Job title: Partner, Bishop & McKenzie LLP
Why she’s a 2018 Top 40 Under 40:
An advocate for human rights everywhere, Kerry Lynn Okita has fought meaningful legal battles in Afghanistan, Tanzania and right here at home.
Kerry Lynn Okita’s interest in international politics and law started at home when she was trying to make sense of the first Gulf War as a fourth grader. “I had a scrapbook newspaper of the war, trying to understand what was happening,” she says. “I’d watch the news with my dad every night. How we would talk about it in our family made it interesting and something I wanted to engage in and help.” That desire to effect change stayed with her into adulthood and has seen her fight for women’s rights locally and internationally, work with the UN and resolve immigration issues for her clients.
Fighting for Women’s Rights in Africa
In 2010, Okita took a job with the Women’s Legal Aid Centre in Tanzania, researching and preparing submissions with local lawyers to challenge constitutional laws that prevented women from owning property. Okita was part of a team that handled a case where two women were forced from their homes after their husbands died. Although the law wasn’t changed, Okita felt she helped move things forward. “You feel like you got punched in the gut, but then you realize that maybe the main value wasn’t overturning that law,” she says. “It’s in having these women know that people were fighting for them, and that their situation was important.”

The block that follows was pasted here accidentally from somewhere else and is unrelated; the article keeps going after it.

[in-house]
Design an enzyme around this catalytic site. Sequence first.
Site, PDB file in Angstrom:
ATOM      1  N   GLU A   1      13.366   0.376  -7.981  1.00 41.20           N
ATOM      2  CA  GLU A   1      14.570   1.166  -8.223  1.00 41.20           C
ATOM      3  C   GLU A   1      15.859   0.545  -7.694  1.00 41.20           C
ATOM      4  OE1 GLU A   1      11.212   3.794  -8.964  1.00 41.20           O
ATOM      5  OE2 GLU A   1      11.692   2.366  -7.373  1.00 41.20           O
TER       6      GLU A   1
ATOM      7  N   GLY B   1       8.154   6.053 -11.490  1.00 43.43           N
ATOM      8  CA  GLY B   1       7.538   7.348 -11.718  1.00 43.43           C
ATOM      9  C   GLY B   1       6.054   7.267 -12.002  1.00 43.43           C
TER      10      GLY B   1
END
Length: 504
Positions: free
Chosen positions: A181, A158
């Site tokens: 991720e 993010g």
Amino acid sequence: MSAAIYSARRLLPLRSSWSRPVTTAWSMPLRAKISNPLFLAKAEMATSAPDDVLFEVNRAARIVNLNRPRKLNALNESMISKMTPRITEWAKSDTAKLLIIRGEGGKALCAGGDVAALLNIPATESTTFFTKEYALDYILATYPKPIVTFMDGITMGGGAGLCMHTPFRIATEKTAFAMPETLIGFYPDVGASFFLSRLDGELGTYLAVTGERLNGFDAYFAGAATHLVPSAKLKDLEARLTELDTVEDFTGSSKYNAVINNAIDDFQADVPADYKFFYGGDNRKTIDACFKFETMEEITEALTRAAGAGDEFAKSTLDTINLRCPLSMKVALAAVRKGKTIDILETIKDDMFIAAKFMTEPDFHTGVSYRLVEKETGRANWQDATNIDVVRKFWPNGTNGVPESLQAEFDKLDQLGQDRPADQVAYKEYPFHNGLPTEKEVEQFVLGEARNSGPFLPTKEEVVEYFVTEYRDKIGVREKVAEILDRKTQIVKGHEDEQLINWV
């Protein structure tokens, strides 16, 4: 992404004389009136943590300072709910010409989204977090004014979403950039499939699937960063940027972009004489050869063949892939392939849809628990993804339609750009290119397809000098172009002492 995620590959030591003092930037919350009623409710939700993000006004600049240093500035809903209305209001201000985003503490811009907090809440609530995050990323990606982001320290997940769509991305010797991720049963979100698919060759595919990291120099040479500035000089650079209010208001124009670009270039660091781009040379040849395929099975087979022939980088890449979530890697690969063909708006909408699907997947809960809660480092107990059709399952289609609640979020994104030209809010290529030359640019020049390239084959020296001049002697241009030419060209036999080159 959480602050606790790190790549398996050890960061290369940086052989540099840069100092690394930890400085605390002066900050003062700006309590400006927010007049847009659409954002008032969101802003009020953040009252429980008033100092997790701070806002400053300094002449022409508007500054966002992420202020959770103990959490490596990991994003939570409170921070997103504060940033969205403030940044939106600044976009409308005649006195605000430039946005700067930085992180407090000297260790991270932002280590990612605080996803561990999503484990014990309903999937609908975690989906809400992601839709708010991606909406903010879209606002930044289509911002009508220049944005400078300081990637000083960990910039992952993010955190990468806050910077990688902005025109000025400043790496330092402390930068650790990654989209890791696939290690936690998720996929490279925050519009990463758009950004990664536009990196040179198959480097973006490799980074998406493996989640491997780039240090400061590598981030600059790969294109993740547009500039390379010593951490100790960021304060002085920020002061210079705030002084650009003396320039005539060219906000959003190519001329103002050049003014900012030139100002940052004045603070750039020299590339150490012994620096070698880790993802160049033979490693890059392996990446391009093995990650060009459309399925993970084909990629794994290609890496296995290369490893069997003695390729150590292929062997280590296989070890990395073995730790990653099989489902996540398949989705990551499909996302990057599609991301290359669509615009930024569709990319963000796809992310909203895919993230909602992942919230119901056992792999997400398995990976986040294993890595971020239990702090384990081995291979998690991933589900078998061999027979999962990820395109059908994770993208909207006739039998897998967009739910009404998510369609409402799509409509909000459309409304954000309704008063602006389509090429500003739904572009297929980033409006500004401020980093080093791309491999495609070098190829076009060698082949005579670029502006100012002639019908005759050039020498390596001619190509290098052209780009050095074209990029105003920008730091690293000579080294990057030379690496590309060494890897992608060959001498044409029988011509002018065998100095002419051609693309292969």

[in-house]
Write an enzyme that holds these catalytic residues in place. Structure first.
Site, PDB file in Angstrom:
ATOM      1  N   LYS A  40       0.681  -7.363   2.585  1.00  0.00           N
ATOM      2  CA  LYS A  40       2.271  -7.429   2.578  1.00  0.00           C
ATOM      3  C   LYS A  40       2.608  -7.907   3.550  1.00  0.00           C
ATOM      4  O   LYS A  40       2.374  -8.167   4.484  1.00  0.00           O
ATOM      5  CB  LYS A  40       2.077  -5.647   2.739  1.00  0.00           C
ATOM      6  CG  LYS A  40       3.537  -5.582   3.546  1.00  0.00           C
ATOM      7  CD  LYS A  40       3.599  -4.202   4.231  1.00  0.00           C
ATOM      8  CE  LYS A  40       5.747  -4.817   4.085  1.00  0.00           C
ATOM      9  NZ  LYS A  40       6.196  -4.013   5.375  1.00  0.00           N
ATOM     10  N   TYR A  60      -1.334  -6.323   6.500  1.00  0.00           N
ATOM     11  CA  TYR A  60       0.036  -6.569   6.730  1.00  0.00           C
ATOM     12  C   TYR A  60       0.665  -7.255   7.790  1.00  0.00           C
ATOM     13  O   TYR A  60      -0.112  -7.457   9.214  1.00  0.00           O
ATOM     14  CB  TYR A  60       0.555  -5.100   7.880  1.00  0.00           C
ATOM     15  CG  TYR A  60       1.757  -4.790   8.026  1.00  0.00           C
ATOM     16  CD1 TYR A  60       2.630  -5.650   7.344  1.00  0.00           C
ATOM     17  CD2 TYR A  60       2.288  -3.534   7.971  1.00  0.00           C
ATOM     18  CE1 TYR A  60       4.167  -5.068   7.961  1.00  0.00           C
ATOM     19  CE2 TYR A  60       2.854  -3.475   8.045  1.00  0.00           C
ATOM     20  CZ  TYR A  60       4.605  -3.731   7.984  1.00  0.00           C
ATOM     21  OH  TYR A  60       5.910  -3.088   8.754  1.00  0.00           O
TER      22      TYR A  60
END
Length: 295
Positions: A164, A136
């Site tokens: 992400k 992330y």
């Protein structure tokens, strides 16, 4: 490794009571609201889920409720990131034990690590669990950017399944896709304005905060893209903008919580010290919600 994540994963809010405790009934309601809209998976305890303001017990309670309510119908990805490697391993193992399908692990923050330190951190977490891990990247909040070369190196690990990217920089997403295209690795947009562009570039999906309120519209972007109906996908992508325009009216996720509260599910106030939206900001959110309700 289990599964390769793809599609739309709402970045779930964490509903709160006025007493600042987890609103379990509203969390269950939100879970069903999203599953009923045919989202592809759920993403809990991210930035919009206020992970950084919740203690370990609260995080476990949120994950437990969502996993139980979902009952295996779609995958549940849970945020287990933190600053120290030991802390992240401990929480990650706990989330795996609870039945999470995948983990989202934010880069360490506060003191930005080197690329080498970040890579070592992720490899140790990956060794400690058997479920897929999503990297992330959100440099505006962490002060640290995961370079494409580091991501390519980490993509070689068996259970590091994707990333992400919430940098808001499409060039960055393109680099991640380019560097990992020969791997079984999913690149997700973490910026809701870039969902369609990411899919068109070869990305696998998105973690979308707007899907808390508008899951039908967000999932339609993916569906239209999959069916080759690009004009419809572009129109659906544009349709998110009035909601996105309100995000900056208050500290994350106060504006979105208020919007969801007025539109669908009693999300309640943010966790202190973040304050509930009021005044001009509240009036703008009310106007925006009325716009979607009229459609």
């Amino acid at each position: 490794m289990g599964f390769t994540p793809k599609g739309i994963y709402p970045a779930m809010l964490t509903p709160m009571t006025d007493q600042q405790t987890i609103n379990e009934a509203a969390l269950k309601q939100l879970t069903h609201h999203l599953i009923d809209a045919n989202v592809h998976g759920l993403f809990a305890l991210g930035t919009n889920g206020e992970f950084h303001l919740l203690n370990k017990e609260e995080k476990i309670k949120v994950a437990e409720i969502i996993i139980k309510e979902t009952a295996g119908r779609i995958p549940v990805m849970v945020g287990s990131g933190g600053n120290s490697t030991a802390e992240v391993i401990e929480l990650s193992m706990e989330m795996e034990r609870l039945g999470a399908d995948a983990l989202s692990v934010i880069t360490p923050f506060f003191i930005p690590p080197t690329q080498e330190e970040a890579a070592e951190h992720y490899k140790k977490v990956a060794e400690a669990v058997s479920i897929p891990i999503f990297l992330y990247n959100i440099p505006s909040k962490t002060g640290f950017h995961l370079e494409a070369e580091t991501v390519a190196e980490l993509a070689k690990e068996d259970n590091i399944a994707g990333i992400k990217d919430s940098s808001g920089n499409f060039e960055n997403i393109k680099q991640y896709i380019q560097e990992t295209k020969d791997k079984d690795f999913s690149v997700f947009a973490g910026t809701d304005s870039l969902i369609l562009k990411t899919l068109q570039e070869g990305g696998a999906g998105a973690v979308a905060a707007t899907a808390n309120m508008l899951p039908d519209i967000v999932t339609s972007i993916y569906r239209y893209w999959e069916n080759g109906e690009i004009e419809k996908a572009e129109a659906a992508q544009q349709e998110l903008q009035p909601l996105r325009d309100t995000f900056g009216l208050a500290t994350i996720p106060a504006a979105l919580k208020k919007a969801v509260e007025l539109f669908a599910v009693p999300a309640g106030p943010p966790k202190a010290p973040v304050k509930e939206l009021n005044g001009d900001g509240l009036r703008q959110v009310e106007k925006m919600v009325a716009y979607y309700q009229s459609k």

Working with the UN in Afghanistan
In 2011, Okita worked for the UN’s office of legal affairs in Afghanistan, and as legal officer and secretariat of the UNAMA Human Rights Task Force. Her work included negotiating the release of UN staff detained by national and international forces, reviewing and investigating fatal attacks against the UN, and developing legal strategy and policy allowing private contractors providing security to do things like import arms into conflict zones under sanction.
Improving Lives Through Her Immigration Law Practice
Since returning to Calgary in 2012, Okita has built an employment and immigration office at Bishop & McKenzie LLP and helped numerous families with immigration issues. When one family of clients lost its permanent residency status, putting its young daughter in danger of undergoing female genital mutilation in their African home country, Okita was able to successfully argue to reinstate their residency status.
Helping Women Here at Home
Since 2006, Okita has volunteered for the Women’s Centre of Calgary, sitting on the board of directors for two terms, twice serving as board co-chair. She has worked on several committees, provided legal services to women seeking advice at the centre’s legal clinic and acted as a “living library book” for its leadership program. —Andrew Guilbert